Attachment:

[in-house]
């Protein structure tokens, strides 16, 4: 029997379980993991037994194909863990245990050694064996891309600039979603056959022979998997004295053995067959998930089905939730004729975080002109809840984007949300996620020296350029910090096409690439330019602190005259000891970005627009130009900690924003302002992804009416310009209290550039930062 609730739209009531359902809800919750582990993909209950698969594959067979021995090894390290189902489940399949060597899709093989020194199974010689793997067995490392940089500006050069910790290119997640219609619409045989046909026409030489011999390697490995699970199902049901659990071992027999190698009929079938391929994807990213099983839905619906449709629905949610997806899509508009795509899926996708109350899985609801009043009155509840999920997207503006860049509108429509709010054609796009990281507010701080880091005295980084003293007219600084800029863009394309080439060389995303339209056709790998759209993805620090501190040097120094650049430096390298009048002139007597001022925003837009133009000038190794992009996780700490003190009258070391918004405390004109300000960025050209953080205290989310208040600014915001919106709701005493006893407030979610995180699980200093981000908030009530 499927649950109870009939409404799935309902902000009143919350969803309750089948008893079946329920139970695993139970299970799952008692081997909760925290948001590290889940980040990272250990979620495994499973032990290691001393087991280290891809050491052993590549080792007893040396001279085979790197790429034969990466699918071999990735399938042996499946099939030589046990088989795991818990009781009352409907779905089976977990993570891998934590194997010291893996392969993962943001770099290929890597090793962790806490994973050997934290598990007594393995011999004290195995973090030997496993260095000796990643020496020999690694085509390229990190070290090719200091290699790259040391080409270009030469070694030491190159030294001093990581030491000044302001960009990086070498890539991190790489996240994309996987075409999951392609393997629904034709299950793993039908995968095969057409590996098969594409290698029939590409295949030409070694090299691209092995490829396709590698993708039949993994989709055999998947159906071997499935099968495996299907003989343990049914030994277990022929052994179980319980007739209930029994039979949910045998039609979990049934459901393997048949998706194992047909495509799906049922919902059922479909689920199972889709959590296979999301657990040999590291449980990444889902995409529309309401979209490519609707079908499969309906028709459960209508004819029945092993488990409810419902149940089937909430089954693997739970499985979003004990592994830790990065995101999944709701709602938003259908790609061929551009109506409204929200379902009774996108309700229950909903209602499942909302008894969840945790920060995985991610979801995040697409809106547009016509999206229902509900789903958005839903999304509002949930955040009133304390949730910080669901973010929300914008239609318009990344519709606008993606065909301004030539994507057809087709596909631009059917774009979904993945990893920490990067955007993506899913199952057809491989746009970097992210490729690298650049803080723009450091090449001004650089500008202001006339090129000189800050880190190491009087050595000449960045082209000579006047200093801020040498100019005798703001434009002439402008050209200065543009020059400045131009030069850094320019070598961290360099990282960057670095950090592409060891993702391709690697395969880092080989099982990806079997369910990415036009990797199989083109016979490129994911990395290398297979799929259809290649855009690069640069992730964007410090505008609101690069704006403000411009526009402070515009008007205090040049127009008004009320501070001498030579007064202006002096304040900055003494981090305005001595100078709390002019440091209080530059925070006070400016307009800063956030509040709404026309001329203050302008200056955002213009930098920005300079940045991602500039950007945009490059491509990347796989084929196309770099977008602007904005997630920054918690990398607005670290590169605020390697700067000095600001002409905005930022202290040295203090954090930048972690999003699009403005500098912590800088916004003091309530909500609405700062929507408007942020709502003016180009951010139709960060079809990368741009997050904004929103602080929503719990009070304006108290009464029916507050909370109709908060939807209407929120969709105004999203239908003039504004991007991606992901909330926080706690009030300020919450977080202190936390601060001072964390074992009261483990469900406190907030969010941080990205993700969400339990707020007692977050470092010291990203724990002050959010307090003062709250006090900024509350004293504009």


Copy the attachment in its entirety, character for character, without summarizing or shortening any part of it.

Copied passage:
[in-house]
């Protein structure tokens, strides 16, 4: 029997379980993991037994194909863990245990050694064996891309600039979603056959022979998997004295053995067959998930089905939730004729975080002109809840984007949300996620020296350029910090096409690439330019602190005259000891970005627009130009900690924003302002992804009416310009209290550039930062 609730739209009531359902809800919750582990993909209950698969594959067979021995090894390290189902489940399949060597899709093989020194199974010689793997067995490392940089500006050069910790290119997640219609619409045989046909026409030489011999390697490995699970199902049901659990071992027999190698009929079938391929994807990213099983839905619906449709629905949610997806899509508009795509899926996708109350899985609801009043009155509840999920997207503006860049509108429509709010054609796009990281507010701080880091005295980084003293007219600084800029863009394309080439060389995303339209056709790998759209993805620090501190040097120094650049430096390298009048002139007597001022925003837009133009000038190794992009996780700490003190009258070391918004405390004109300000960025050209953080205290989310208040600014915001919106709701005493006893407030979610995180699980200093981000908030009530 499927649950109870009939409404799935309902902000009143919350969803309750089948008893079946329920139970695993139970299970799952008692081997909760925290948001590290889940980040990272250990979620495994499973032990290691001393087991280290891809050491052993590549080792007893040396001279085979790197790429034969990466699918071999990735399938042996499946099939030589046990088989795991818990009781009352409907779905089976977990993570891998934590194997010291893996392969993962943001770099290929890597090793962790806490994973050997934290598990007594393995011999004290195995973090030997496993260095000796990643020496020999690694085509390229990190070290090719200091290699790259040391080409270009030469070694030491190159030294001093990581030491000044302001960009990086070498890539991190790489996240994309996987075409999951392609393997629904034709299950793993039908995968095969057409590996098969594409290698029939590409295949030409070694090299691209092995490829396709590698993708039949993994989709055999998947159906071997499935099968495996299907003989343990049914030994277990022929052994179980319980007739209930029994039979949910045998039609979990049934459901393997048949998706194992047909495509799906049922919902059922479909689920199972889709959590296979999301657990040999590291449980990444889902995409529309309401979209490519609707079908499969309906028709459960209508004819029945092993488990409810419902149940089937909430089954693997739970499985979003004990592994830790990065995101999944709701709602938003259908790609061929551009109506409204929200379902009774996108309700229950909903209602499942909302008894969840945790920060995985991610979801995040697409809106547009016509999206229902509900789903958005839903999304509002949930955040009133304390949730910080669901973010929300914008239609318009990344519709606008993606065909301004030539994507057809087709596909631009059917774009979904993945990893920490990067955007993506899913199952057809491989746009970097992210490729690298650049803080723009450091090449001004650089500008202001006339090129000189800050880190190491009087050595000449960045082209000579006047200093801020040498100019005798703001434009002439402008050209200065543009020059400045131009030069850094320019070598961290360099990282960057670095950090592409060891993702391709690697395969880092080989099982990806079997369910990415036009990797199989083109016979490129994911990395290398297979799929259809290649855009690069640069992730964007410090505008609101690069704006403000411009526009402070515009008007205090040049127009008004009320501070001498030579007064202006002096304040900055003494981090305005001595100078709390002019440091209080530059925070006070400016307009800063956030509040709404026309001329203050302008200056955002213009930098920005300079940045991602500039950007945009490059491509990347796989084929196309770099977008602007904005997630920054918690990398607005670290590169605020390697700067000095600001002409905005930022202290040295203090954090930048972690999003699009403005500098912590800088916004003091309530909500609405700062929507408007942020709502003016180009951010139709960060079809990368741009997050904004929103602080929503719990009070304006108290009464029916507050909370109709908060939807209407929120969709105004999203239908003039504004991007991606992901909330926080706690009030300020919450977080202190936390601060001072964390074992009261483990469900406190907030969010941080990205993700969400339990707020007692977050470092010291990203724990002050959010307090003062709250006090900024509350004293504009």